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Re: Pullman (was Re: Lucy, Galadriel, and Temptation)

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  • Jason Fisher
    Lynn, I guess we re getting out onto some thin ice (though I find the discussion very interesting), so I m going to try to tread carefully ... ... In a sense,
    Message 1 of 38 , Dec 13, 2007
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      Lynn,

      I guess we're getting out onto some thin ice (though I find the discussion very interesting), so I'm going to try to tread carefully ...

      > Jason, it almost sounds like you're saying everyone
      > of us has our own distinct, unique world... or have I
      > completely misunderstood you?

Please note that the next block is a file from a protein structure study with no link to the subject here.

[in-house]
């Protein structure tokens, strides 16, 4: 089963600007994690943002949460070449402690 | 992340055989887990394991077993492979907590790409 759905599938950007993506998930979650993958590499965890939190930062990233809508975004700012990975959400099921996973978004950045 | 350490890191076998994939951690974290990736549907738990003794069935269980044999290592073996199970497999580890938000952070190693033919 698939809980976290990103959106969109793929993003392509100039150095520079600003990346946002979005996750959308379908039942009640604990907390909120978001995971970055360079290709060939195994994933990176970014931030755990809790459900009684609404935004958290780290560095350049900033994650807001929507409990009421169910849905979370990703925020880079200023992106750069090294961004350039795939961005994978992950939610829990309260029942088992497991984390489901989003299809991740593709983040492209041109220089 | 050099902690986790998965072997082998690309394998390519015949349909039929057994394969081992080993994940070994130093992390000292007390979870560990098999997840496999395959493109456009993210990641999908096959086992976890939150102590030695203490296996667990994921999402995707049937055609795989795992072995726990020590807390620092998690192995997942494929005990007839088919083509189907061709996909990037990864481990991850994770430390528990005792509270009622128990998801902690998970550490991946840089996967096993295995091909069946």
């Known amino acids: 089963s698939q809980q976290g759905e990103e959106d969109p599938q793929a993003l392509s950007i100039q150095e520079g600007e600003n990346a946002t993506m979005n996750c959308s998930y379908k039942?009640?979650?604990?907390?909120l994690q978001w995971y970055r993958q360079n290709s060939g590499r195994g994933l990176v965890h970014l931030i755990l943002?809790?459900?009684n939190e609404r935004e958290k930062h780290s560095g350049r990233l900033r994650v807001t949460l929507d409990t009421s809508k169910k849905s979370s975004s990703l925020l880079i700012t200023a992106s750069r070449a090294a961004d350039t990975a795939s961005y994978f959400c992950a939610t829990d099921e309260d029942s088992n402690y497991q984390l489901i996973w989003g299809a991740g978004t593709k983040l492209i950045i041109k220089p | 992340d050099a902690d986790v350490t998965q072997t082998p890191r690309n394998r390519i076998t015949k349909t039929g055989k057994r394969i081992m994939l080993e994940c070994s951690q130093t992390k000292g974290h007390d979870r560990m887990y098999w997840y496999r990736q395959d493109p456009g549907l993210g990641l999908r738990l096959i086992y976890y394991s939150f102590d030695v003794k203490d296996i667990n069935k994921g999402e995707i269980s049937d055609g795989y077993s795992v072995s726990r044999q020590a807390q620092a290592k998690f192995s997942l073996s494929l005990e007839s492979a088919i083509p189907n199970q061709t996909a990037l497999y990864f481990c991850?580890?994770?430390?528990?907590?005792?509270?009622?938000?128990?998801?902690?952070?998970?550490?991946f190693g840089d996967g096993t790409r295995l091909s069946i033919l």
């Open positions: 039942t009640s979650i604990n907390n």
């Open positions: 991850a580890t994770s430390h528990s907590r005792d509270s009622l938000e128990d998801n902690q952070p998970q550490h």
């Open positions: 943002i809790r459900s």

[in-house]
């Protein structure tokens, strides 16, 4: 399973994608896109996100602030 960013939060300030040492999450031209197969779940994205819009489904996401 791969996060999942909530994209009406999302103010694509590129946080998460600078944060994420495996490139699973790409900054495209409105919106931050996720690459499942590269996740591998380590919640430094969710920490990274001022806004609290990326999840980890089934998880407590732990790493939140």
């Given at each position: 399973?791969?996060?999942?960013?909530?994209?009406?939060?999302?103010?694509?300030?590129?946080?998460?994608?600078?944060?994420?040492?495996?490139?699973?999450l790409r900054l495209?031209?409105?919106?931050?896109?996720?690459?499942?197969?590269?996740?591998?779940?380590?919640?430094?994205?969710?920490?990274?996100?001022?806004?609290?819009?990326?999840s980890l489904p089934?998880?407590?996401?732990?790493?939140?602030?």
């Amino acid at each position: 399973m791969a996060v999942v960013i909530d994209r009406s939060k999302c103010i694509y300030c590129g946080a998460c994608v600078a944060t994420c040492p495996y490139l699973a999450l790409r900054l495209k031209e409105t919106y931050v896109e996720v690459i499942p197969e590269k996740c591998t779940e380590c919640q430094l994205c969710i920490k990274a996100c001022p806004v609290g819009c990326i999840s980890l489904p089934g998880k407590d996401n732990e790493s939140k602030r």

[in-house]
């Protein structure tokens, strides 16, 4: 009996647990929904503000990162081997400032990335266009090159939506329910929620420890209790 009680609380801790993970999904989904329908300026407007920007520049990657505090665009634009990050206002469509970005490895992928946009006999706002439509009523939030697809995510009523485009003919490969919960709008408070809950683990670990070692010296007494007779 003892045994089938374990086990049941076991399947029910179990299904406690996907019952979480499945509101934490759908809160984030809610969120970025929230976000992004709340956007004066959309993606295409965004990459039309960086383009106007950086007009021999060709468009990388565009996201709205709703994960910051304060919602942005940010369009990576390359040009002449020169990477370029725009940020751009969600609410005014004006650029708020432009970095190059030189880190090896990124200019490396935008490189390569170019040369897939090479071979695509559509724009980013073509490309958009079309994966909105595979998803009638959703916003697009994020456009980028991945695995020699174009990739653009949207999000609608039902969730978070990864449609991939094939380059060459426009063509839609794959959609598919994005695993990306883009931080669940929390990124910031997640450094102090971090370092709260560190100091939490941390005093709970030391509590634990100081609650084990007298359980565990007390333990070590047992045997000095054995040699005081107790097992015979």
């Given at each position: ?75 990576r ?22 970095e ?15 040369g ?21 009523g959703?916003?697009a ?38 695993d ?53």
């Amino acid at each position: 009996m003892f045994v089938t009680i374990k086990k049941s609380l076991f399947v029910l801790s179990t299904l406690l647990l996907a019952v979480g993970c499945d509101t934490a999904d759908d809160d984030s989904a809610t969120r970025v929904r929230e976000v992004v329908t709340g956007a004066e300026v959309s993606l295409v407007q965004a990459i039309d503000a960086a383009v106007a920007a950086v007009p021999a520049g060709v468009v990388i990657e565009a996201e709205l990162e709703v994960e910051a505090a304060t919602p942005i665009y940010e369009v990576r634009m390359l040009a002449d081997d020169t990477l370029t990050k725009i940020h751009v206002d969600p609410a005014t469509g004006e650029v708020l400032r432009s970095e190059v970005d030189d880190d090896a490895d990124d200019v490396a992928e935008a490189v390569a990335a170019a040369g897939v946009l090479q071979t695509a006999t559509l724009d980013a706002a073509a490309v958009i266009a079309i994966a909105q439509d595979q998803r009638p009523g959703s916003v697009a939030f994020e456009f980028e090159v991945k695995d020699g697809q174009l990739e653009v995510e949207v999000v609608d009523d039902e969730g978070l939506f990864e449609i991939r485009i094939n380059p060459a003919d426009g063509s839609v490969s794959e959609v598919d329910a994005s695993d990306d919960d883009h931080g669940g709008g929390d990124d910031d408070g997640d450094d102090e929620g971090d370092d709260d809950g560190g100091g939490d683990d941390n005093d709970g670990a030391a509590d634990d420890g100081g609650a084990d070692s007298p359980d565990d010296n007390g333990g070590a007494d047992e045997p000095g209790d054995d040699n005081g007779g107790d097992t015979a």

In a sense, that's just what I mean. Putting it another way: when you read a novel, even a realistic one ostensibly about "our world", the world it depicts (you might even say *creates*) is unique to every reader. So, I'm not saying we each have our own unique *physical* world (which would be to espouse something like George Berkeley's Subjective Idealism), but we do each own a unique *internal representation* of the world we share. And a world depicted in a work of fiction is yet another layer. I could go on, but I don't want to bore ...

      > I have read Pullman interviewed where that's *exactly*
      > what he says, he wants to 'evangelize' atheism.

      Really? Is it possible you could track this down and send it to the list? I'm not challenging you -- I just have not seen statements like this myself. And I would be a little surprised at them. From what I've read, Pullman seems to be very careful *not* to "evangelize". For example: